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I previously suggested that transitioning from the traditional inpatient care model to the hospitalist model inadvertently motivated providers to hospitalize more patients, specifically borderline sick patients.  Our example was a 74-year-old woman with pneumonia whose path to admission met less resistance with a hospitalist at the helm. The question I posed at the end was this: model aside, should we admit that patient or not?  What’s best ...

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Why is your hospital always full? Actually, it’s more than full.  You have twenty boarders in the ED. You turned your postop recovery unit into an overnight surge center.  Every day administrators beg you to please, please discharge patients, if possible before 11 a.m.  You’ve hired an army of case managers, dissected the discharge process, and held countless capacity management meetings, but you’re still bursting at the seams. It wasn’t always ...

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As a hospitalist, like most in health care, I am afflicted by the slow march of thousands of mouse clicks on the electronic health record (EHR) every day I work.  But after starting a new job and learning a new EHR, I have become painfully aware of the volume of alerts that pop up when I place orders.  Don’t get me wrong: I appreciate being informed that a patient has ...

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A lot has been spoken and written about clinical documentation already. In spite of that, many hospitals still struggle in getting the best out of their doctors when it comes to documentation quality. And although we can cite various reasons for this, we can all safely agree that the hospital EMR is the single biggest influence when outcomes to efficiency and quality of documentation — both in terms of compliance ...

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I was recently seeing a rather complicated medical patient in the hospital. We were treating both a heart and kidney condition, and things were not going so well. To spare anyone non-medical who is reading this the scientific details of the bodily processes involved, we were essentially balancing hydrating, with the need to get rid of excess fluid. After seeing the patient, I spoke with the nurse, went over the ...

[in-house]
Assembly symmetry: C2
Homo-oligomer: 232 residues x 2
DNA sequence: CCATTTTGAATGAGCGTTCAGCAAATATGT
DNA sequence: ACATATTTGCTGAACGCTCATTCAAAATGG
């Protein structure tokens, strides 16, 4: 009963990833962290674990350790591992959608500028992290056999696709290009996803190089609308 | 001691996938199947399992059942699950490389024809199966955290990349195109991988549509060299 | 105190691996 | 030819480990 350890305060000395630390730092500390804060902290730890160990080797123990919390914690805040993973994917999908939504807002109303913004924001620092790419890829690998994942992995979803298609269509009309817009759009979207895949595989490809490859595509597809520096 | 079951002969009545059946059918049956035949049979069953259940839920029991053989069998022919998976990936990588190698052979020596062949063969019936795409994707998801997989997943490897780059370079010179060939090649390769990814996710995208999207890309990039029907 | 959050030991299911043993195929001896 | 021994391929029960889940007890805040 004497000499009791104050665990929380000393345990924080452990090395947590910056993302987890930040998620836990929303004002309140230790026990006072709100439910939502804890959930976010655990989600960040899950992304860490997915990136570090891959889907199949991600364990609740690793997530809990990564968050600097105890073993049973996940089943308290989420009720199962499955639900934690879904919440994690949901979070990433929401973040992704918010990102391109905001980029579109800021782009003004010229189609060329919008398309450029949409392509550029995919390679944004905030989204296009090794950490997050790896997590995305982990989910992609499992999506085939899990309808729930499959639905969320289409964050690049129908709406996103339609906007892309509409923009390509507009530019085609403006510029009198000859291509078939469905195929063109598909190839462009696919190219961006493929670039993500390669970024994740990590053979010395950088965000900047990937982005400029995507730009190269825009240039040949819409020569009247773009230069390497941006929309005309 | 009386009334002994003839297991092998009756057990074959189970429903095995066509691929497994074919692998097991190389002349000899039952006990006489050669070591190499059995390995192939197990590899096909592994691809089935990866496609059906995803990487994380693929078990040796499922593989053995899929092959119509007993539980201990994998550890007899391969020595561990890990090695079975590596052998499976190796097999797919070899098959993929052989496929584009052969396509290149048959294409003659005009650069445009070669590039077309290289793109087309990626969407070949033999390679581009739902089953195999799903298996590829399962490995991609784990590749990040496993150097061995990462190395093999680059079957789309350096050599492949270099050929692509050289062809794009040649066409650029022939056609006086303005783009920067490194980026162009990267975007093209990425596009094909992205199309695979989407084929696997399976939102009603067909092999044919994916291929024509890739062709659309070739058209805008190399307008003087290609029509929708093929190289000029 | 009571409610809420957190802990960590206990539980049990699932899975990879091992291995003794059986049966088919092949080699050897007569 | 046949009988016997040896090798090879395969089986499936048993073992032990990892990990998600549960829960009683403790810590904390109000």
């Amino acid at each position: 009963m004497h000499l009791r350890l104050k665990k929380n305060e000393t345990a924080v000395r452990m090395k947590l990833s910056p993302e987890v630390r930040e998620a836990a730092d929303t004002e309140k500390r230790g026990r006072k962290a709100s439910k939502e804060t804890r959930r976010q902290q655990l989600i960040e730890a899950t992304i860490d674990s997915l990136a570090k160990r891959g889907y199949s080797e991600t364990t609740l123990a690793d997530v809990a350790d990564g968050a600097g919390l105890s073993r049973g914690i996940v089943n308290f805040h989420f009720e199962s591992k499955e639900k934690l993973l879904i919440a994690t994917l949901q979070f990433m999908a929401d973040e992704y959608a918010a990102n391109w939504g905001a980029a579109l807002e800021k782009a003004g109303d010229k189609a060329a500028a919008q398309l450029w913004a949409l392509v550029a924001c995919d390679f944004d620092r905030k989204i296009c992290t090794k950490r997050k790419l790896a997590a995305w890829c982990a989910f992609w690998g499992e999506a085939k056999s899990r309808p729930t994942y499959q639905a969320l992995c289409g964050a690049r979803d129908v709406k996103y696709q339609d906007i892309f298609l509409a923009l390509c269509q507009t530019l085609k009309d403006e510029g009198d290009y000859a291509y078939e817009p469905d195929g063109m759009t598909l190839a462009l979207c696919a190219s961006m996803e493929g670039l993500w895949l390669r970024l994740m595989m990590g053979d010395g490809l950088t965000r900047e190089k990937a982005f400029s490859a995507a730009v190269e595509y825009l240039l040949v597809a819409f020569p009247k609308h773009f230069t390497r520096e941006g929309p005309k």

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First impressions are critical. We are taught early in our careers that first impressions truly matter. Whether interviewing for medical school or a residency program, our goal is to make a positive first impression in hopes of making the cut at each checkpoint in our early careers. These processes in our academic lives and careers are exhausting. As residencies and medical schools are becoming more competitive, the importance of first impressions ...

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I am considered a “xennial” physician. Not quite a millennial — but also not fitting into the generation of the respected preceptors I had in medical school and residency. I took my MCAT via paper and pencil. My mini boards during my clinical rotations were on paper and pencil. All of my licensing and board exams were computerized. It was not an option to sit at home and log on to ...

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On the outside, most American hospitals appear completely modernized. If resources are utilized correctly, they appear equipped for any disaster, any CMS audit and any surprise joint commission inspection that may come. The procedural appearance of hospitals seems robust and reflective to medicine in the 21st century. However, the framework for the daily function of many American hospitals is architecturally weak and weathered (metaphorically speaking). With the progression of times ...

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Two years ago, when I was still in residency I happened to be on overnight call the day prior to election day. An associate program director of my residency program asked me if I wouldn't mind being a doctor of record who evaluates whether I agree a patient is too sick to go to the polls. They forwarded to me names of patients who expressed interest in voting and were already ...

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Not knowing what else to do after finishing my pediatric residency 15 years ago, I became a general pediatrician. Not knowing how to find a job halfway across the country and closer to home, I relied on a recruiter from a smallish town in South Dakota to woo me into private practice. Not knowing how to choose my future partners, I let them choose me. Despite my unbelievably naive approach to ...